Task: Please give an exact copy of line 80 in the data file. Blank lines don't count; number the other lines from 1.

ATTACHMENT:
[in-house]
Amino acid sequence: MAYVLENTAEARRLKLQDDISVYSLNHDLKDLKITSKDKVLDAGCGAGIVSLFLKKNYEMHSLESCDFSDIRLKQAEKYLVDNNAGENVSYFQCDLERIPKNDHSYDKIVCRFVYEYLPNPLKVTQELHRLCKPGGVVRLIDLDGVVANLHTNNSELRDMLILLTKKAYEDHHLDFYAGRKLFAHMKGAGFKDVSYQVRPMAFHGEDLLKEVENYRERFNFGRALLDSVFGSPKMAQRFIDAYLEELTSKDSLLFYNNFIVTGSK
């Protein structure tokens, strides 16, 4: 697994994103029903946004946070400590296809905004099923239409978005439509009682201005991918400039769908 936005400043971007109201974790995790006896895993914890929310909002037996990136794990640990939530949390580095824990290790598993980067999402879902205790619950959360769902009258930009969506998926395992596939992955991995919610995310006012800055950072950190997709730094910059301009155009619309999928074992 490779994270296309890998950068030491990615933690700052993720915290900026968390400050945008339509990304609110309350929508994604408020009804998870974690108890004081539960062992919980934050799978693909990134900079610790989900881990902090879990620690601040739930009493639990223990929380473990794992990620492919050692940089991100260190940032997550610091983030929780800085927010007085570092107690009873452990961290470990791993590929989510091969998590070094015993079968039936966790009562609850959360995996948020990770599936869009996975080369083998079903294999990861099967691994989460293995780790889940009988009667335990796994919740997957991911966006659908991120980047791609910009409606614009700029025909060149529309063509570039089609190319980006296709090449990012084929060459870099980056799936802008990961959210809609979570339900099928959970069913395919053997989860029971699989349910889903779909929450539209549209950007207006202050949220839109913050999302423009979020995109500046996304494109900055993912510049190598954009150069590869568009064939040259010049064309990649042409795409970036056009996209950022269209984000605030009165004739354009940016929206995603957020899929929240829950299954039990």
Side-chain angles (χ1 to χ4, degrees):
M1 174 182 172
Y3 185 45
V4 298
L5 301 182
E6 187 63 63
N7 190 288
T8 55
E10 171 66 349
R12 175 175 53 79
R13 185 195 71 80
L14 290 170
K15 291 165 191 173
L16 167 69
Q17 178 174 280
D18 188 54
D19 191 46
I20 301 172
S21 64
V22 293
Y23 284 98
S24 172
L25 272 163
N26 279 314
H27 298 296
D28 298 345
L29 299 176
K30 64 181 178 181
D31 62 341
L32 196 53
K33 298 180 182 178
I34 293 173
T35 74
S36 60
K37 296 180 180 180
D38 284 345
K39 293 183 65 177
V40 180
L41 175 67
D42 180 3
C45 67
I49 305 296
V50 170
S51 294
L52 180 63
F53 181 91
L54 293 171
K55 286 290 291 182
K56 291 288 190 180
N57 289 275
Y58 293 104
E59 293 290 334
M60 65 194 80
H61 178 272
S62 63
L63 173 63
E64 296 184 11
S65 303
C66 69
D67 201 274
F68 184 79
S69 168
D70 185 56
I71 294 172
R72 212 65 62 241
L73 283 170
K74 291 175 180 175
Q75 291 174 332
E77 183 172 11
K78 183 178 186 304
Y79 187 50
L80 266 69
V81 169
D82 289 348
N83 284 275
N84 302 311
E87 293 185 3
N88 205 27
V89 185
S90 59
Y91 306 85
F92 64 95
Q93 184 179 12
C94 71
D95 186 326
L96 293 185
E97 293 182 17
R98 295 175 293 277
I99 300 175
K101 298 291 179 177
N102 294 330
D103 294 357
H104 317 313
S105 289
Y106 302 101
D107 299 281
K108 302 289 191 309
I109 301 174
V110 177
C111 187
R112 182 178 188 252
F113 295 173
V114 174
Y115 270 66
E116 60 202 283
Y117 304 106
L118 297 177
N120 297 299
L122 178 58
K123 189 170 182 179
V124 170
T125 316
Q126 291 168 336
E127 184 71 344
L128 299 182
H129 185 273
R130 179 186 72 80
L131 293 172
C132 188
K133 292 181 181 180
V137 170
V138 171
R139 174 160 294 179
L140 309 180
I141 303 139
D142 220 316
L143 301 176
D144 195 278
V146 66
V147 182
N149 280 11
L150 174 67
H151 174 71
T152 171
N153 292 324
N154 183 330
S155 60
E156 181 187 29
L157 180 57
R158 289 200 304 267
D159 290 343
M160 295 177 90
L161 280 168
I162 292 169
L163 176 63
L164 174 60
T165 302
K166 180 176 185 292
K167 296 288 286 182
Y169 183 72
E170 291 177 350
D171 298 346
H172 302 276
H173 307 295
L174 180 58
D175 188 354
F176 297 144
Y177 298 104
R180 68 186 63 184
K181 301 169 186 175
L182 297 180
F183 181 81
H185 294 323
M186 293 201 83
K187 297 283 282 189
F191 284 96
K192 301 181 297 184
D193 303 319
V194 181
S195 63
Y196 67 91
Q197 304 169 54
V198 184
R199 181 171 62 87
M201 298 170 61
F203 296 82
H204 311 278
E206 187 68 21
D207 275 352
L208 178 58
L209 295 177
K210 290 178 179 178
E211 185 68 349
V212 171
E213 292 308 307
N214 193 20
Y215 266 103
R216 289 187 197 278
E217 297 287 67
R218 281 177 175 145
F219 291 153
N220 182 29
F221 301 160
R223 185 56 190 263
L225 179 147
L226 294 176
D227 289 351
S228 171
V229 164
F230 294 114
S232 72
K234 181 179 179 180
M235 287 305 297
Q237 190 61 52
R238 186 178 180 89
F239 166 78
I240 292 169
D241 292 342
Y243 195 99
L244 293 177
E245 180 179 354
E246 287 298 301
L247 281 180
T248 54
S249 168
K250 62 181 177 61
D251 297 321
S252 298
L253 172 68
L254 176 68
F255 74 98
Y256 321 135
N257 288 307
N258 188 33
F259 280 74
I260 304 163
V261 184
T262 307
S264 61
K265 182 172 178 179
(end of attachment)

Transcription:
E87 293 185 3